ADU Feasibility Studies: A Valuable First StepJune 16th, 2021
As you begin your ADU build process, it is inevitable that you will eventually encounter the phrase “feasibility study” or “feasibility report.” Feasibility is presented most often as a necessary step that stands between your initial decision to build an ADU and the actual construction of your structure.
What does “feasibility study” actually mean?
In short, a feasibility study determines how realistic an ADU build would be on your property. A feasibility report assesses the viability of a project or portion of a project, then assigns a cost for actually doing the design and installation. These studies are incredibly useful to avoid spending excessive money on a project that cannot be done in the first place. This initial assessment considers any potential roadblocks and other factors that will affect your build to ensure you have all the necessary information. The main purpose is to reduce the ultimate cost of your ADU build by examining the components first.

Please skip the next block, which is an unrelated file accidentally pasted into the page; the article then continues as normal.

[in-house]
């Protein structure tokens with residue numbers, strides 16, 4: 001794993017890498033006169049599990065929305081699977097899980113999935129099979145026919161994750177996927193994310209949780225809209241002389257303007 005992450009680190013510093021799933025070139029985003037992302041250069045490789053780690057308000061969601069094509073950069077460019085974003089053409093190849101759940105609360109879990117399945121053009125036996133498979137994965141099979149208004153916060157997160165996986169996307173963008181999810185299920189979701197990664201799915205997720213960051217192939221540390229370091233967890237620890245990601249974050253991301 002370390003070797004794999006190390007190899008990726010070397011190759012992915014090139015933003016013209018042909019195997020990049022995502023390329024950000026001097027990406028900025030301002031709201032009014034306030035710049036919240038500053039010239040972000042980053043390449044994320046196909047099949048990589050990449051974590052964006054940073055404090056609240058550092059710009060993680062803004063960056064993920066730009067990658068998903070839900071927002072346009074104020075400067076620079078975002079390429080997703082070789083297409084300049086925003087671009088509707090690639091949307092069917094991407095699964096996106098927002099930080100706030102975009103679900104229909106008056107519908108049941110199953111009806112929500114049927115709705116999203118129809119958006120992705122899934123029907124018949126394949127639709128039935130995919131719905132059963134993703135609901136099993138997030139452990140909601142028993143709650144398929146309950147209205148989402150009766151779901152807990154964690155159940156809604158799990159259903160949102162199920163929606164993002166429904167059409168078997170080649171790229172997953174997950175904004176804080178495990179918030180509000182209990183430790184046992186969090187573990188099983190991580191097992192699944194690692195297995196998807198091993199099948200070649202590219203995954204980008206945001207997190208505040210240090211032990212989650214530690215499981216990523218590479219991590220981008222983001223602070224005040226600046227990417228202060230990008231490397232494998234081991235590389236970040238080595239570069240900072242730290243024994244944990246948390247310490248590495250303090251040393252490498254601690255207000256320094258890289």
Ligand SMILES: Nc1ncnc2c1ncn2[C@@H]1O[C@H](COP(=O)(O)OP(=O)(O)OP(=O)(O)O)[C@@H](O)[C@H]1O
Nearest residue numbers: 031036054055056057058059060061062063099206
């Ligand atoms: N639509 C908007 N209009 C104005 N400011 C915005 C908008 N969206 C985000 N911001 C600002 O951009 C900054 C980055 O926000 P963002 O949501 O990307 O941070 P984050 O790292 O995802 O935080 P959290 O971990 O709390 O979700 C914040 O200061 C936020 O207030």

Is a feasibility study necessary?
Feasibility studies are not a necessary part of a build. However, they are one of the most valuable steps in an ADU build, since they are designed to save time and money for the homeowner on the overall ADU project. Deciding to forego a feasibility study will most likely lead to a lot of surprises later. Your build might be very wasteful and can be very costly down the road, as it is hard to get an accurate budget without feasibilities.